Friday, August 14, 2009

Windows Responsiveness (or Lack Thereof)

It's official: I really have gone off the deep end -- at least if you talk to anyone from Redmond. BeOS fanatic zealot that I am, I'm acutely aware of the responsiveness of an operating system's desktop user interface. I expect my computer to run slower if I'm hitting the hard drive or processor pretty hard. I also expect programs to NOT take several seconds to respond to input or to redraw themselves. My experience with OS X is pretty shallow in comparison to my usage of various Linux distributions, BeOS and its variants, and all Windows versions save Media Center and 2.0 -- yes, I there was a time where I twiddled with Windows 1.0. Nonetheless, to my recollection, I have never seen Windows respond to the user very well even on a machine far beyond the recommended specs.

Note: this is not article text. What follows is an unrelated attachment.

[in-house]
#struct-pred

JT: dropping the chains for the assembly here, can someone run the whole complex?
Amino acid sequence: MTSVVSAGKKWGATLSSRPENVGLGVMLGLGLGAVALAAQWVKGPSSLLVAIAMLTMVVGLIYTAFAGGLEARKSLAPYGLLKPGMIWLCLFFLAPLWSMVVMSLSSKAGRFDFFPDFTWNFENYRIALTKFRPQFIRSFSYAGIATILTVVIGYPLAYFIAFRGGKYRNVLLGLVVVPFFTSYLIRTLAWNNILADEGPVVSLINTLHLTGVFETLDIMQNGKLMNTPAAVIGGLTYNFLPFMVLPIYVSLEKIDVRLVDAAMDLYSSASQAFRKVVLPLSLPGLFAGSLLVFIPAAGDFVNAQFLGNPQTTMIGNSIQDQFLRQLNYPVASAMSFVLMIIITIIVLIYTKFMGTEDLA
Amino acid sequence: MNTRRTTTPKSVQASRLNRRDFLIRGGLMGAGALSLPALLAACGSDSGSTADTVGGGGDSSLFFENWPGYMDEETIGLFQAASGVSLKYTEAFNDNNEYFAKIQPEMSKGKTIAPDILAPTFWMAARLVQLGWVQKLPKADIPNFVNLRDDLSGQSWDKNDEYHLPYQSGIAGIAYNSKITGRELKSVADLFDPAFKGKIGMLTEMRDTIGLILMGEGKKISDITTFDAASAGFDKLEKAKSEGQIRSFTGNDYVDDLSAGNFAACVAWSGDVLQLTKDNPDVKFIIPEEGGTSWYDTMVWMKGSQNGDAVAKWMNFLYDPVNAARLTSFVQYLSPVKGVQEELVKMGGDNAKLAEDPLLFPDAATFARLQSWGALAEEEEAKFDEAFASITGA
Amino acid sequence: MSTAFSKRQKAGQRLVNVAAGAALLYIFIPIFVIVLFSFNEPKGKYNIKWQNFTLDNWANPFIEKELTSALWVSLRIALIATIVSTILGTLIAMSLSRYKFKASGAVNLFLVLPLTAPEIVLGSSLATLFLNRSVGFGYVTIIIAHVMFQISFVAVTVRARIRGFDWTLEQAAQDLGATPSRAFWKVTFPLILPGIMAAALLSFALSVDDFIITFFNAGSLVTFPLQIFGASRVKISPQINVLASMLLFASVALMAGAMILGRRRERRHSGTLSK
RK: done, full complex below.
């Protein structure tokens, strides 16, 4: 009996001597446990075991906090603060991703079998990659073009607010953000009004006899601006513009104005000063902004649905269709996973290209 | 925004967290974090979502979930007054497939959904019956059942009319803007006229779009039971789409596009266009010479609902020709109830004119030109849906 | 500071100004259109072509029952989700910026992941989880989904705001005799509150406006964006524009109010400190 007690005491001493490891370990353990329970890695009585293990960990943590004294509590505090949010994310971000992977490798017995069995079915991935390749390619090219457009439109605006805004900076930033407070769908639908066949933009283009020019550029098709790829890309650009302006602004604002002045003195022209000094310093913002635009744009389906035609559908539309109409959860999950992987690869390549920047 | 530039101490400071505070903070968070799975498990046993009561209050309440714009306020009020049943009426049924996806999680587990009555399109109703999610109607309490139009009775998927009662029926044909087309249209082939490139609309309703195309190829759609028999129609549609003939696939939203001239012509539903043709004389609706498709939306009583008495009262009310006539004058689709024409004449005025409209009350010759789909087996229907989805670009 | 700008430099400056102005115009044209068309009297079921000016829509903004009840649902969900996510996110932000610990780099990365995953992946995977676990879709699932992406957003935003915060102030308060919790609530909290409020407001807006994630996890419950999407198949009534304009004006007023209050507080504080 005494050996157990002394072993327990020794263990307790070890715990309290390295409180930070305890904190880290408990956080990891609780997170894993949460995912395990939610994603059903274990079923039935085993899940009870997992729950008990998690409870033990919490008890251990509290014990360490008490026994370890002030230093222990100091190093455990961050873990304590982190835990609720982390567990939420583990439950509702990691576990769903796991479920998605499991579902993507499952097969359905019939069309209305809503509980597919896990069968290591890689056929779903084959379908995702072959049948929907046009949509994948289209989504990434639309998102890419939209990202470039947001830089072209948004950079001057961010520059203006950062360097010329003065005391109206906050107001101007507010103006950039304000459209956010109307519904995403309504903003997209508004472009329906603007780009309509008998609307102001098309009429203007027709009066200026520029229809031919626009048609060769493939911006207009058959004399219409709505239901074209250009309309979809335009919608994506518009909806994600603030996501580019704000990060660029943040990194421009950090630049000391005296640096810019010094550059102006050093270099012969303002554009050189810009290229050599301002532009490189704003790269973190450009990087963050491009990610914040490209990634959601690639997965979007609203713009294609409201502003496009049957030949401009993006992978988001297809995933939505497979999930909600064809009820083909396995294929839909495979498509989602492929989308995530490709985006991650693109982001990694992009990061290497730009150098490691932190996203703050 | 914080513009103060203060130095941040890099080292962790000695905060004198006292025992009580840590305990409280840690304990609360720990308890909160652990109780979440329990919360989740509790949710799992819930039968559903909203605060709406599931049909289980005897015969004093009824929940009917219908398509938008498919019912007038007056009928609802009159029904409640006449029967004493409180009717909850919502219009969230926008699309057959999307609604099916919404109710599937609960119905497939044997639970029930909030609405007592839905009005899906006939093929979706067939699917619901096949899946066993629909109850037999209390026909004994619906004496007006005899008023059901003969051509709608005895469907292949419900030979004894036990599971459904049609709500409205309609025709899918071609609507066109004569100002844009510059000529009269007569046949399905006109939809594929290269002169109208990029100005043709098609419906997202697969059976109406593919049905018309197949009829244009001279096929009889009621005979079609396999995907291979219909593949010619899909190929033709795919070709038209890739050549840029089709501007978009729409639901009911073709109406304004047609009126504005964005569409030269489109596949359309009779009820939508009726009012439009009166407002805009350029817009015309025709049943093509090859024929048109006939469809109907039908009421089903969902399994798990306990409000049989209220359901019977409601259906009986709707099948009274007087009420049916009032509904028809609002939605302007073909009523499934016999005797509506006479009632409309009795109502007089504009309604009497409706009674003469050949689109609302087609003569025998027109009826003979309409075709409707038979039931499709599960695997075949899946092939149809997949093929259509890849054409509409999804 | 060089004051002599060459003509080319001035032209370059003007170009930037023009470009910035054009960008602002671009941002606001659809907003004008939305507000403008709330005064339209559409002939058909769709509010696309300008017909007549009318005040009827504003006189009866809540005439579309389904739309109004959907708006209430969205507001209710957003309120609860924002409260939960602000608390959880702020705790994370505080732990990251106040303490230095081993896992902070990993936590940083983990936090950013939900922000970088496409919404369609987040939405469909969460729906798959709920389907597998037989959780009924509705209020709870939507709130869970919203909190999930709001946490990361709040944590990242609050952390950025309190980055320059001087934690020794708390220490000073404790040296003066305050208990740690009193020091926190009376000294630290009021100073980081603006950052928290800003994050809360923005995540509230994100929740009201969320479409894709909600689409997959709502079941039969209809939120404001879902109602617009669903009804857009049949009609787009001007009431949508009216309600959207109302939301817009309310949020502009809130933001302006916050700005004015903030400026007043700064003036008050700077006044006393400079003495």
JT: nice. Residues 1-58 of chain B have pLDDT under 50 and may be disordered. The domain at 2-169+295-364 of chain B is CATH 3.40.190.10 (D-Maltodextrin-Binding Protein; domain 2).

After spending the summer with my work laptop running Ubuntu, I had to install XP Pro. I didn't want to, but my school is a Windows-only shop. I disliked doing the install and resented having to hunt all over the Web for drivers only to have to install 500MB of system updates, but the last straw was when I was copying over my MP3 collection. Both machines were running XP and the file copy was taking forever. After about fifteen minutes, I rebooted the source machine into Linux, deleted what little had been copied, and started copying the collection using FileZilla to do an SFTP transfer. I had two files being copied at once and each one was taking half the time to copy as the XP file copy had. Somewhere in there, there's a problem. Worse yet, the destination machine was so slow (Athlon 64 3000, 512MB RAM, 80 GB hard drive) as to be unusable. Just plain sad. Man, I'm going to dislike using this machine with Windows again. :(

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